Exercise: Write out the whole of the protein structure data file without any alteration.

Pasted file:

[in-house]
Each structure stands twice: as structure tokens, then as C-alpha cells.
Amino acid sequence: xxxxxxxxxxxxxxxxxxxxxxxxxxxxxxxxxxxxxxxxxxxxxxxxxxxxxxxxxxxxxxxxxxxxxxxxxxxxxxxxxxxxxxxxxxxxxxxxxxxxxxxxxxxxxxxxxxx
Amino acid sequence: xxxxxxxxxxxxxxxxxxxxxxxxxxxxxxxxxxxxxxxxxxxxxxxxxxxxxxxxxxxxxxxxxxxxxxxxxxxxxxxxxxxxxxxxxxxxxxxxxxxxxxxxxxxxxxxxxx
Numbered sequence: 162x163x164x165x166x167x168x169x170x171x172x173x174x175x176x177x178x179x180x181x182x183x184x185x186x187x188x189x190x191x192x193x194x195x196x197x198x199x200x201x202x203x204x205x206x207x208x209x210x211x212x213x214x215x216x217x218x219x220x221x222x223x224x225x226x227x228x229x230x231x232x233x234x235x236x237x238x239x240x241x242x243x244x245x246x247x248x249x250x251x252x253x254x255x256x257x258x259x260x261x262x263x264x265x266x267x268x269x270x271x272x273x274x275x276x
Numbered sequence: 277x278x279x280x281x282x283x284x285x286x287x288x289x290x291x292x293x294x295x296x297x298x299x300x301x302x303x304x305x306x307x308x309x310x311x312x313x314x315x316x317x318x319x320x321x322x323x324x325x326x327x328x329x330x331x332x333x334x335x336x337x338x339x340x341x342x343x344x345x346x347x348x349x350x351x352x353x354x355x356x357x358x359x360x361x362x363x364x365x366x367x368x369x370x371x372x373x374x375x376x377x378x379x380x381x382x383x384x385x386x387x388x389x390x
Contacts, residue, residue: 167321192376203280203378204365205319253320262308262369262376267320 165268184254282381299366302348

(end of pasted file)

[in-house]
Each structure stands twice: as structure tokens, then as C-alpha cells.
Amino acid sequence: xxxxxxxxxxxxxxxxxxxxxxxxxxxxxxxxxxxxxxxxxxxxxxxxxxxxxxxxxxxxxxxxxxxxxxxxxxxxxxxxxxxxxxxxxxxxxxxxxxxxxxxxxxxxxxxxxxx
Amino acid sequence: xxxxxxxxxxxxxxxxxxxxxxxxxxxxxxxxxxxxxxxxxxxxxxxxxxxxxxxxxxxxxxxxxxxxxxxxxxxxxxxxxxxxxxxxxxxxxxxxxxxxxxxxxxxxxxxxxx
Numbered sequence: 162x163x164x165x166x167x168x169x170x171x172x173x174x175x176x177x178x179x180x181x182x183x184x185x186x187x188x189x190x191x192x193x194x195x196x197x198x199x200x201x202x203x204x205x206x207x208x209x210x211x212x213x214x215x216x217x218x219x220x221x222x223x224x225x226x227x228x229x230x231x232x233x234x235x236x237x238x239x240x241x242x243x244x245x246x247x248x249x250x251x252x253x254x255x256x257x258x259x260x261x262x263x264x265x266x267x268x269x270x271x272x273x274x275x276x
Numbered sequence: 277x278x279x280x281x282x283x284x285x286x287x288x289x290x291x292x293x294x295x296x297x298x299x300x301x302x303x304x305x306x307x308x309x310x311x312x313x314x315x316x317x318x319x320x321x322x323x324x325x326x327x328x329x330x331x332x333x334x335x336x337x338x339x340x341x342x343x344x345x346x347x348x349x350x351x352x353x354x355x356x357x358x359x360x361x362x363x364x365x366x367x368x369x370x371x372x373x374x375x376x377x378x379x380x381x382x383x384x385x386x387x388x389x390x
Contacts, residue, residue: 167321192376203280203378204365205319253320262308262369262376267320 165268184254282381299366302348